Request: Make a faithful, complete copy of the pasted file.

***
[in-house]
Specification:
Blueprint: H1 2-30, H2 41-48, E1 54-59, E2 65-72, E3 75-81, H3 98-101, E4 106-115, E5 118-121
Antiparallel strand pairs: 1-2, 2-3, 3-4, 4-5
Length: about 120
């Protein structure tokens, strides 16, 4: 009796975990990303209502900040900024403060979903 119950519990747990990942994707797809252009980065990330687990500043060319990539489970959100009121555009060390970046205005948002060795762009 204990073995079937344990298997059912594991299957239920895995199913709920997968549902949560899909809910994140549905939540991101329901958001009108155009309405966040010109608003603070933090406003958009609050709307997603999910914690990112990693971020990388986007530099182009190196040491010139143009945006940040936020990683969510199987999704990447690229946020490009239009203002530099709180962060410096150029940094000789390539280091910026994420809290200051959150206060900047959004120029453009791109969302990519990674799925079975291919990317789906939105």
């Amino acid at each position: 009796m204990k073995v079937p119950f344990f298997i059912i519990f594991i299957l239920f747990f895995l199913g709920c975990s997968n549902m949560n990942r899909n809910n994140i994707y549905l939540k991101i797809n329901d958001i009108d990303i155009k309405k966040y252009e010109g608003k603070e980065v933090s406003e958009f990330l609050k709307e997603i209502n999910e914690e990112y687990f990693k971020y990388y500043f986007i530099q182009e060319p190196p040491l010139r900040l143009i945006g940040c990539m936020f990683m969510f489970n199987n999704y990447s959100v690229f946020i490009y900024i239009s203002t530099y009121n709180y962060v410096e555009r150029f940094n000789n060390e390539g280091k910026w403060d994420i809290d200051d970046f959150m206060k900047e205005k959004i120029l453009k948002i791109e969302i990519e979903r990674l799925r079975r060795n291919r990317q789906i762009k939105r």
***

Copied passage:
[in-house]
Specification:
Blueprint: H1 2-30, H2 41-48, E1 54-59, E2 65-72, E3 75-81, H3 98-101, E4 106-115, E5 118-121
Antiparallel strand pairs: 1-2, 2-3, 3-4, 4-5
Length: about 120
């Protein structure tokens, strides 16, 4: 009796975990990303209502900040900024403060979903 119950519990747990990942994707797809252009980065990330687990500043060319990539489970959100009121555009060390970046205005948002060795762009 204990073995079937344990298997059912594991299957239920895995199913709920997968549902949560899909809910994140549905939540991101329901958001009108155009309405966040010109608003603070933090406003958009609050709307997603999910914690990112990693971020990388986007530099182009190196040491010139143009945006940040936020990683969510199987999704990447690229946020490009239009203002530099709180962060410096150029940094000789390539280091910026994420809290200051959150206060900047959004120029453009791109969302990519990674799925079975291919990317789906939105």
């Amino acid at each position: 009796m204990k073995v079937p119950f344990f298997i059912i519990f594991i299957l239920f747990f895995l199913g709920c975990s997968n549902m949560n990942r899909n809910n994140i994707y549905l939540k991101i797809n329901d958001i009108d990303i155009k309405k966040y252009e010109g608003k603070e980065v933090s406003e958009f990330l609050k709307e997603i209502n999910e914690e990112y687990f990693k971020y990388y500043f986007i530099q182009e060319p190196p040491l010139r900040l143009i945006g940040c990539m936020f990683m969510f489970n199987n999704y990447s959100v690229f946020i490009y900024i239009s203002t530099y009121n709180y962060v410096e555009r150029f940094n000789n060390e390539g280091k910026w403060d994420i809290d200051d970046f959150m206060k900047e205005k959004i120029l453009k948002i791109e969302i990519e979903r990674l799925r079975r060795n291919r990317q789906i762009k939105r």